You’ve probably heard that coding is one of the jobs of the future and that we do and will continue to need coders for years to come in order to build up and maintain our digital infrastructure as it gets bigger and more complex.
So, it’s settled, right? You should enroll in a coding class or learn how to code in some way, right? Well, not necessarily; that depends on how much you actually know about coding. We reached out to LEARN academy, San Diego’s first and most prominent coding school to tell us a bit about the misconceptions and questions that people come to them with.
What Program or App Do I Use to Code?
This is one of the basic questions that you should know the answer to. After all, it will be your primary tool. And the answer is rather simple, too. In order to write your code, you can use something as simple as text editors, whether it be Word, Notepad, or something else. There are more advanced options with some coder-oriented features like Notepad++ or Light Table (and they are both free).
However, once your code is written, you will need another program that will format your code in a way that the computer can read it. This is a compiler. Which compiler you will use depends on the language you have chosen.
In recent years, programs that combine these two functionalities have become popular (and a lot better), so you may end up only needing one piece of software that does it all.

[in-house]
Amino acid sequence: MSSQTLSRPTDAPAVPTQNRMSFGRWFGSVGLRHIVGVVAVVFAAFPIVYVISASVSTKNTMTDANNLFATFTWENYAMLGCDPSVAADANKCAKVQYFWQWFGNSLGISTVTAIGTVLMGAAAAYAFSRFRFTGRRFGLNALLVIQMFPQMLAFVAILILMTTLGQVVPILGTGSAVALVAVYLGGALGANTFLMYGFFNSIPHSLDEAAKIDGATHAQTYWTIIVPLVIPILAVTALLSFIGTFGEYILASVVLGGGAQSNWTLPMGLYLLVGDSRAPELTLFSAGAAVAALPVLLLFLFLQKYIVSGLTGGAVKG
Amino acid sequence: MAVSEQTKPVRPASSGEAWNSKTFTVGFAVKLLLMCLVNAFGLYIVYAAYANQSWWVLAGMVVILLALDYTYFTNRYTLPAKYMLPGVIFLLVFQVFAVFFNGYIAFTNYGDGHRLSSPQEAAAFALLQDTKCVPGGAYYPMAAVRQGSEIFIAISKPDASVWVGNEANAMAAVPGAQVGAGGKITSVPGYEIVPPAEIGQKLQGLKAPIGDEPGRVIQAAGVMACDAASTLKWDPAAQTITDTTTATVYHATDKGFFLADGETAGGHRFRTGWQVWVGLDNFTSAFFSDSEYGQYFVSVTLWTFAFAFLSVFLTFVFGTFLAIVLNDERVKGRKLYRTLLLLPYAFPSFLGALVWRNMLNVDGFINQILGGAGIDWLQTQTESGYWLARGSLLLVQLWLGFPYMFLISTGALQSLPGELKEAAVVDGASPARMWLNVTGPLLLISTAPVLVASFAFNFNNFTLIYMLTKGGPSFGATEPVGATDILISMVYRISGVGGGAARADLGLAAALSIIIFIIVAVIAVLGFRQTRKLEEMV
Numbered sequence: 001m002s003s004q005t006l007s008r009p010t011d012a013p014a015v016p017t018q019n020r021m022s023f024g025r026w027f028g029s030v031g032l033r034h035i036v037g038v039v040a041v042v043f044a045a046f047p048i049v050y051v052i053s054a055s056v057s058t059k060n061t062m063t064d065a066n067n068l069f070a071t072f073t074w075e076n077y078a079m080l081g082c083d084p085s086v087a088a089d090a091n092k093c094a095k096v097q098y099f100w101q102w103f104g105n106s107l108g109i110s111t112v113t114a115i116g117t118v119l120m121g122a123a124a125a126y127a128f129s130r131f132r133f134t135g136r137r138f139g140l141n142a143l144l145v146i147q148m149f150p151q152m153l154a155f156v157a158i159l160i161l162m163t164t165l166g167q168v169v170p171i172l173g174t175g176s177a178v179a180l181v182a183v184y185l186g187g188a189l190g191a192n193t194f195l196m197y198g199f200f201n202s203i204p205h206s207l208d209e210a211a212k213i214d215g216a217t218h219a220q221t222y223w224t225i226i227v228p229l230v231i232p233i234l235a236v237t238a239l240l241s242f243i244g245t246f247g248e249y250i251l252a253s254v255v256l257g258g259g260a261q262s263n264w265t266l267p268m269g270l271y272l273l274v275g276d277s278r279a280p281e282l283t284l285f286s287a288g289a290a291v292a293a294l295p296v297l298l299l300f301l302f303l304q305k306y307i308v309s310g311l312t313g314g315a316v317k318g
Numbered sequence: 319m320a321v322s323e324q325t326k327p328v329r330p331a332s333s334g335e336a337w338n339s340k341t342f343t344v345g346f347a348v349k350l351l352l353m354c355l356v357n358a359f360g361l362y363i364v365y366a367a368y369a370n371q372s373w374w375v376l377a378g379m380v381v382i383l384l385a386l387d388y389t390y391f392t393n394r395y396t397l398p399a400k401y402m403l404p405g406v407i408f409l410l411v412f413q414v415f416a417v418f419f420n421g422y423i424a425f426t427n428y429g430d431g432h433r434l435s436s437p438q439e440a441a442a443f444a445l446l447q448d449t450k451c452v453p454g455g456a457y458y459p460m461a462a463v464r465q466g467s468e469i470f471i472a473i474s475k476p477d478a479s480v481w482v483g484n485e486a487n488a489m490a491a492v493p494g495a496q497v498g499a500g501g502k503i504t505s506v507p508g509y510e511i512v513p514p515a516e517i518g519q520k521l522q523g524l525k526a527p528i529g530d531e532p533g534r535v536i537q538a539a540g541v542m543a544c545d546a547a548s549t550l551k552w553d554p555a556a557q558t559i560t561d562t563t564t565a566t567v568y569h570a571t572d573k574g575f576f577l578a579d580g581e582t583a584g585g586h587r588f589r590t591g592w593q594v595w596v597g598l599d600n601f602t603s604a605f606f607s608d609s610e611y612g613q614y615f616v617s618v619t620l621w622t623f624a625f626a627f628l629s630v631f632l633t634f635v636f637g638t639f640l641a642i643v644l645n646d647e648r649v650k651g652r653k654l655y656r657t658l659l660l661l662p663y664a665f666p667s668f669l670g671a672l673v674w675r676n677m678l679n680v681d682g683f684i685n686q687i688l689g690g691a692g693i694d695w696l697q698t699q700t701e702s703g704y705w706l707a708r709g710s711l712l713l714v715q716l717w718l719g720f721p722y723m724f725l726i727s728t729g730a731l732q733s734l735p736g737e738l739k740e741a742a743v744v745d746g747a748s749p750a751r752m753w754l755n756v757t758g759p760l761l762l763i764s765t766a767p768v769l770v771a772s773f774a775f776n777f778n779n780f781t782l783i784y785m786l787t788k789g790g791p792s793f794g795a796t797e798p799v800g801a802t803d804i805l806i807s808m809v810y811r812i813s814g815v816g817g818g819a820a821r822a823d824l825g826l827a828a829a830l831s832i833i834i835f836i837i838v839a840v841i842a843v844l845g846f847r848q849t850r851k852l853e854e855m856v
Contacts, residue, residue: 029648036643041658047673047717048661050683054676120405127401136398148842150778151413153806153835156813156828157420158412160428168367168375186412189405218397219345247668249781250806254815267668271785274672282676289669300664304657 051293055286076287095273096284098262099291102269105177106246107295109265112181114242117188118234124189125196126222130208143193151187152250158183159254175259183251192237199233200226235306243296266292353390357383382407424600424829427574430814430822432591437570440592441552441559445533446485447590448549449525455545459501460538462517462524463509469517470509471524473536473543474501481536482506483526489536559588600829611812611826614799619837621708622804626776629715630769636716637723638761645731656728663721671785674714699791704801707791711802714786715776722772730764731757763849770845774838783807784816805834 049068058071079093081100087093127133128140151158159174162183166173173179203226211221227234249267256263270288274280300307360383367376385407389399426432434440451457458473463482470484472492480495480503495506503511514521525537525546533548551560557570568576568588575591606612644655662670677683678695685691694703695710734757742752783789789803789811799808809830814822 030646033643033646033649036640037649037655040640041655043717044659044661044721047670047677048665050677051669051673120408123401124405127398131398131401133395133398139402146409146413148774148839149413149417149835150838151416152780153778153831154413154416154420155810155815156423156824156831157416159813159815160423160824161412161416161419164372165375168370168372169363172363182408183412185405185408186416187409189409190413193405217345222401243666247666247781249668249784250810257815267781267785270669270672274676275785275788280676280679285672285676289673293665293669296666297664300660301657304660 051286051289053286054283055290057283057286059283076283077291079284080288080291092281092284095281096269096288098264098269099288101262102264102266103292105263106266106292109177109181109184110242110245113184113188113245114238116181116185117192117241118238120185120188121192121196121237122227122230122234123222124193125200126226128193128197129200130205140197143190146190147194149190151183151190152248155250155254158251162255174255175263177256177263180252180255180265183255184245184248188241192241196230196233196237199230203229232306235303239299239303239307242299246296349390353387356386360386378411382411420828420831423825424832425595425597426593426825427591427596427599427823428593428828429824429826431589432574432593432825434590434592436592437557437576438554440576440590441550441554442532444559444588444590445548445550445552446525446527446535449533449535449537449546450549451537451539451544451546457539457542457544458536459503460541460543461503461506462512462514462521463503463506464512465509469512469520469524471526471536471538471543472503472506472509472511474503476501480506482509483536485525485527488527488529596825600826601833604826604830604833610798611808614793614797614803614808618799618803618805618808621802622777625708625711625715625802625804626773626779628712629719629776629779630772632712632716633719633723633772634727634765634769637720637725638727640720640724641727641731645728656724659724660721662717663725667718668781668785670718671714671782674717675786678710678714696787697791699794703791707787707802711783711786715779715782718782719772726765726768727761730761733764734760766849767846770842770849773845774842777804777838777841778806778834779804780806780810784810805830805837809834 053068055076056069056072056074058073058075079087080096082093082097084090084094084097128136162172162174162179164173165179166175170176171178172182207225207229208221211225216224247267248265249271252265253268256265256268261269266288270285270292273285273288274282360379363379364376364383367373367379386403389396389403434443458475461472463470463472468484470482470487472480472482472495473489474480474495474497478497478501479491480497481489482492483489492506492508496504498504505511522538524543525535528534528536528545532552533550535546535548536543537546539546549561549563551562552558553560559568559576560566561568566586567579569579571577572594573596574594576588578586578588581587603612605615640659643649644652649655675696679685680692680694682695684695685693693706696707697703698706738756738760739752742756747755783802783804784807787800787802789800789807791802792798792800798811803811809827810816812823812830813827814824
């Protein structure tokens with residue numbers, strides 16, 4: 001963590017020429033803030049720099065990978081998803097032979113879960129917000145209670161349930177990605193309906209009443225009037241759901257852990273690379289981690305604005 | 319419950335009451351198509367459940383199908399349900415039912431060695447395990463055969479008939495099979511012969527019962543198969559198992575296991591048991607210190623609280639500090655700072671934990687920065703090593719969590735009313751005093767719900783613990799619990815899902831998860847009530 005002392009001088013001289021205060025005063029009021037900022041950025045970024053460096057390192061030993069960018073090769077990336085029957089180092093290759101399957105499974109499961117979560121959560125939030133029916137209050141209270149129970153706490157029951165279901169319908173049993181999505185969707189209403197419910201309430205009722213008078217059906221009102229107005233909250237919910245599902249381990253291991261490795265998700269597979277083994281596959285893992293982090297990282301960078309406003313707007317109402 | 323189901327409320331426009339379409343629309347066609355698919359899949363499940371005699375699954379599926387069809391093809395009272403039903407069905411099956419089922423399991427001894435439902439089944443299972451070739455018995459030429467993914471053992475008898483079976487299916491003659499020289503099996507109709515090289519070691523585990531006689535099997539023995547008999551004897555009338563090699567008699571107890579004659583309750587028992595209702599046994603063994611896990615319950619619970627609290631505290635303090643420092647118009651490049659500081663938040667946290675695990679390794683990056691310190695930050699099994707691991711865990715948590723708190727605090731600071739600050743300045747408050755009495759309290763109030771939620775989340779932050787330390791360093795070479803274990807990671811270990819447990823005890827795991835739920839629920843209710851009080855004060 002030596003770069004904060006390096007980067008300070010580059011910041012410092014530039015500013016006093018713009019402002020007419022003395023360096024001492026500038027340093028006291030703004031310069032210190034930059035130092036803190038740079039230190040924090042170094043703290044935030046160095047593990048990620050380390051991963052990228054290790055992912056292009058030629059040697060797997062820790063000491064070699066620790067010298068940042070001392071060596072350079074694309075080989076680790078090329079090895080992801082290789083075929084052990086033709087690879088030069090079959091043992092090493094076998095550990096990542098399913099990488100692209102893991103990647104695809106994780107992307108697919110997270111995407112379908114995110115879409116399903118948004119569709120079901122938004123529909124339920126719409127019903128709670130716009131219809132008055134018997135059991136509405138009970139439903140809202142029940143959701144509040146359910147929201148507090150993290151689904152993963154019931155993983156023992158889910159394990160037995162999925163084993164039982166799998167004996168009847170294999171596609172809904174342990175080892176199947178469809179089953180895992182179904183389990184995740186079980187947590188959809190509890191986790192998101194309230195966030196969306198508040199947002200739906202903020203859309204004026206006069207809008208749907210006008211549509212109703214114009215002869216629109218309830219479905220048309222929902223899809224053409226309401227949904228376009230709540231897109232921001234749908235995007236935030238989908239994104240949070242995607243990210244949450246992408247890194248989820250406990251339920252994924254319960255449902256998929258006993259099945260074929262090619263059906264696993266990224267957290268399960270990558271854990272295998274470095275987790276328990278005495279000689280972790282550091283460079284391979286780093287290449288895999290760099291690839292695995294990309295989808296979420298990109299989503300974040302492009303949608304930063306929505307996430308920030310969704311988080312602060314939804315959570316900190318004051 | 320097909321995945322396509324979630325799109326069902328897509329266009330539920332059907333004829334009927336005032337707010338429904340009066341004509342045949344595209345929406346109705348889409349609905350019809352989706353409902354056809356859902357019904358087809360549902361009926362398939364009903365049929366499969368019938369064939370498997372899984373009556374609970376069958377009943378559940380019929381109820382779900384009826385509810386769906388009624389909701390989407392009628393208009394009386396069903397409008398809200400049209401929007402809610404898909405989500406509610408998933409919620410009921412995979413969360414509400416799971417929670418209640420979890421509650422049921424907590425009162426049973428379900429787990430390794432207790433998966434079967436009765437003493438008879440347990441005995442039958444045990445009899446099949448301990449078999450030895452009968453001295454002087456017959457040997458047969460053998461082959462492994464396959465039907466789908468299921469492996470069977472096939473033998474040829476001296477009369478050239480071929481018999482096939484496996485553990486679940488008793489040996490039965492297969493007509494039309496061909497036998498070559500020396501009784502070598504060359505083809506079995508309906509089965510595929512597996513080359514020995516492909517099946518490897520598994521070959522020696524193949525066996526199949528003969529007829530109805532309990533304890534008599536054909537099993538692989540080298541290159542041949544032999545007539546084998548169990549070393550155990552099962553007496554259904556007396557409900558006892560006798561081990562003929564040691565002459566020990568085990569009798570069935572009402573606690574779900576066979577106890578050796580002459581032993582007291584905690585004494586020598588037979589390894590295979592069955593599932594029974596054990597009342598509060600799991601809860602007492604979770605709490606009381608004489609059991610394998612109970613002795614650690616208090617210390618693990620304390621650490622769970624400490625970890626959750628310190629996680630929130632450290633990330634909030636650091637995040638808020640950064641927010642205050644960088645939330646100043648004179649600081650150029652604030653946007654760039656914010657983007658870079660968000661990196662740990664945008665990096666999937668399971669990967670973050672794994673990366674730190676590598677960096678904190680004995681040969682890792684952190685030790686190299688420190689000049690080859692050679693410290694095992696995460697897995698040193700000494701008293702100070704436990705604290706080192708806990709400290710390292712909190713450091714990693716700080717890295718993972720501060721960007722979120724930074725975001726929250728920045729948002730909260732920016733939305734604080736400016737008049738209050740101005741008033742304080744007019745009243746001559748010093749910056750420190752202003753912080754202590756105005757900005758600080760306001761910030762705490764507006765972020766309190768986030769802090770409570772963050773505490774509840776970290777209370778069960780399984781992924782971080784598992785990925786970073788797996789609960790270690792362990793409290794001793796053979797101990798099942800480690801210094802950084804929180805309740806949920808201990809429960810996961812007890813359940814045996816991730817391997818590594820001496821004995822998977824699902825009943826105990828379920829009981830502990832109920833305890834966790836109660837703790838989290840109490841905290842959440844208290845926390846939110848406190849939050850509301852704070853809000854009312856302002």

Is Math Essential for Coding?
Many people are wary of math because it can get pretty abstract pretty fast. Consequently, coding is also considered complex and difficult due to its association with math. However, that is not always the case, especially with more modern coding languages.
Instead, what you really need as a coder is an analytical mind, and analytical way of thinking. Can you deconstruct a problem to its simplest components? Are you able to learn from your errors and research? You may be a coder already without knowing it. Here’s a little secret – most of the complex calculations and math are done by computers.
Our Web Developers the Same as Web Designers?
If you’re not overly familiar with the subject matter, it is likely that you will conflate the two. After all, they both work on building and maintaining websites. And while it is true that there is some major overlap, these two do have different skills and different tasks.
Designers focus more on the aesthetics and the appearance of the website, choosing color schemes, fonts, and similar. On the other hand, developers, or coders have a more behind-the-scenes job. Essentially, their job is to make the design made by the designer functional and useful.
How Is a Website Posted on the Internet?
A vast majority of modern computers, and especially internet users have no idea how the technology works. Most of us were born into a world where these technologies were already present and we don’t really think about how they work.
For instance, we take websites for granted; until they crash or are otherwise unavailable. That’s when we wonder how websites even work. It is rather simple, really. All you need is a unique domain name, which you need to register and purchase. Then, you need to build your actual website and buy hosting with one of the companies that provide this service.
Essentially, all of the data you see on a website exist on computers of hosting companies and are sent to each person who wants to access these websites. Once your website is uploaded to the hosting company’s server, you should be able to access it using the domain name you registered.
Being a programmer or coder can be an essential job, but being good at it requires you to be able to cope with the requirements of the job. So, asking questions beforehand is a good idea.